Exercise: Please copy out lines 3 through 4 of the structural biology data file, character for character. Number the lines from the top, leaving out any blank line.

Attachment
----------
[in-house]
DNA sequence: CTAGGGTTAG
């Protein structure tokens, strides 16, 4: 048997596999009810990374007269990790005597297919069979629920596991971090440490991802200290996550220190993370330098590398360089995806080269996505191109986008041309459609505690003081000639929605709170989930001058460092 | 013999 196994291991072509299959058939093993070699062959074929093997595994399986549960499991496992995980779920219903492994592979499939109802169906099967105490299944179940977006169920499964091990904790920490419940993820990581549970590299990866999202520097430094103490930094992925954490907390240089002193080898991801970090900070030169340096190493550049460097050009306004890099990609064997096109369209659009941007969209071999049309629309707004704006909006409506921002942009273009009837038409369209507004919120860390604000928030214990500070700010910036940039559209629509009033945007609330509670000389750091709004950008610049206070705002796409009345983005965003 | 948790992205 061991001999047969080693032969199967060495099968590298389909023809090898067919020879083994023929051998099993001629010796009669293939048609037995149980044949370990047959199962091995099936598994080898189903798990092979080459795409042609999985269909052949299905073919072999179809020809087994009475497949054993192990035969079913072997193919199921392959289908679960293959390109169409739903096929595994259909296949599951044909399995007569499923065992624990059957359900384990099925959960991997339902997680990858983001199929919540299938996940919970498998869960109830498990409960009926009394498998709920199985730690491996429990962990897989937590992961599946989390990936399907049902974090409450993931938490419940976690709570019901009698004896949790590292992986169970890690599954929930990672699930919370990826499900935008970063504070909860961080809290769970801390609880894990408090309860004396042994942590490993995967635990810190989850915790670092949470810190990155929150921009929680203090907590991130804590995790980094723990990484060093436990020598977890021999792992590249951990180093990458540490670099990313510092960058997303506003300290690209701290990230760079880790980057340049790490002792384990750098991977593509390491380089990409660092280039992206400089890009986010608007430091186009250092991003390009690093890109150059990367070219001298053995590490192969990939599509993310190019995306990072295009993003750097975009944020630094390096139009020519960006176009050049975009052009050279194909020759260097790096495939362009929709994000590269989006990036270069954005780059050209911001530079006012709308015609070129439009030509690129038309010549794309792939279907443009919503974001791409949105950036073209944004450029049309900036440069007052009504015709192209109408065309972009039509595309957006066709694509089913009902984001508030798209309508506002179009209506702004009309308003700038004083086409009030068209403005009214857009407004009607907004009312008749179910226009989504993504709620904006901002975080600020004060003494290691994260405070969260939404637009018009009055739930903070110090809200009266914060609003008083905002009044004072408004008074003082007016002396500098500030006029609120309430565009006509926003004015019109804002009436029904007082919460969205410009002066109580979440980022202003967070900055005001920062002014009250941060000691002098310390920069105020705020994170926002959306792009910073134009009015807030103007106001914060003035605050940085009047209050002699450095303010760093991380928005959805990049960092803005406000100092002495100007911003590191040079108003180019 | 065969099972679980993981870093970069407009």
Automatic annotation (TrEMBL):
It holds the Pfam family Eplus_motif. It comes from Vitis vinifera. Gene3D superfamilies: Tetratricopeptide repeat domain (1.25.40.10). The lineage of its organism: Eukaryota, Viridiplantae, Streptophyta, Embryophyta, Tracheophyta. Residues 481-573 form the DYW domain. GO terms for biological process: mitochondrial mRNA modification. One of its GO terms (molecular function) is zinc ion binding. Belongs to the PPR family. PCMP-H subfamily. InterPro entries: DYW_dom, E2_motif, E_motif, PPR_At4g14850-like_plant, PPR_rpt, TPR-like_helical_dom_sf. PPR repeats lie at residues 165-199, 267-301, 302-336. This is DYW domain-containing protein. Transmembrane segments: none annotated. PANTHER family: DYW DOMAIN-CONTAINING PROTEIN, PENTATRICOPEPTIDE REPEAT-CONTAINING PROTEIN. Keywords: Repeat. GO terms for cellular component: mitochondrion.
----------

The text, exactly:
């Protein structure tokens, strides 16, 4: 048997596999009810990374007269990790005597297919069979629920596991971090440490991802200290996550220190993370330098590398360089995806080269996505191109986008041309459609505690003081000639929605709170989930001058460092 | 013999 196994291991072509299959058939093993070699062959074929093997595994399986549960499991496992995980779920219903492994592979499939109802169906099967105490299944179940977006169920499964091990904790920490419940993820990581549970590299990866999202520097430094103490930094992925954490907390240089002193080898991801970090900070030169340096190493550049460097050009306004890099990609064997096109369209659009941007969209071999049309629309707004704006909006409506921002942009273009009837038409369209507004919120860390604000928030214990500070700010910036940039559209629509009033945007609330509670000389750091709004950008610049206070705002796409009345983005965003 | 948790992205 061991001999047969080693032969199967060495099968590298389909023809090898067919020879083994023929051998099993001629010796009669293939048609037995149980044949370990047959199962091995099936598994080898189903798990092979080459795409042609999985269909052949299905073919072999179809020809087994009475497949054993192990035969079913072997193919199921392959289908679960293959390109169409739903096929595994259909296949599951044909399995007569499923065992624990059957359900384990099925959960991997339902997680990858983001199929919540299938996940919970498998869960109830498990409960009926009394498998709920199985730690491996429990962990897989937590992961599946989390990936399907049902974090409450993931938490419940976690709570019901009698004896949790590292992986169970890690599954929930990672699930919370990826499900935008970063504070909860961080809290769970801390609880894990408090309860004396042994942590490993995967635990810190989850915790670092949470810190990155929150921009929680203090907590991130804590995790980094723990990484060093436990020598977890021999792992590249951990180093990458540490670099990313510092960058997303506003300290690209701290990230760079880790980057340049790490002792384990750098991977593509390491380089990409660092280039992206400089890009986010608007430091186009250092991003390009690093890109150059990367070219001298053995590490192969990939599509993310190019995306990072295009993003750097975009944020630094390096139009020519960006176009050049975009052009050279194909020759260097790096495939362009929709994000590269989006990036270069954005780059050209911001530079006012709308015609070129439009030509690129038309010549794309792939279907443009919503974001791409949105950036073209944004450029049309900036440069007052009504015709192209109408065309972009039509595309957006066709694509089913009902984001508030798209309508506002179009209506702004009309308003700038004083086409009030068209403005009214857009407004009607907004009312008749179910226009989504993504709620904006901002975080600020004060003494290691994260405070969260939404637009018009009055739930903070110090809200009266914060609003008083905002009044004072408004008074003082007016002396500098500030006029609120309430565009006509926003004015019109804002009436029904007082919460969205410009002066109580979440980022202003967070900055005001920062002014009250941060000691002098310390920069105020705020994170926002959306792009910073134009009015807030103007106001914060003035605050940085009047209050002699450095303010760093991380928005959805990049960092803005406000100092002495100007911003590191040079108003180019 | 065969099972679980993981870093970069407009």
Automatic annotation (TrEMBL):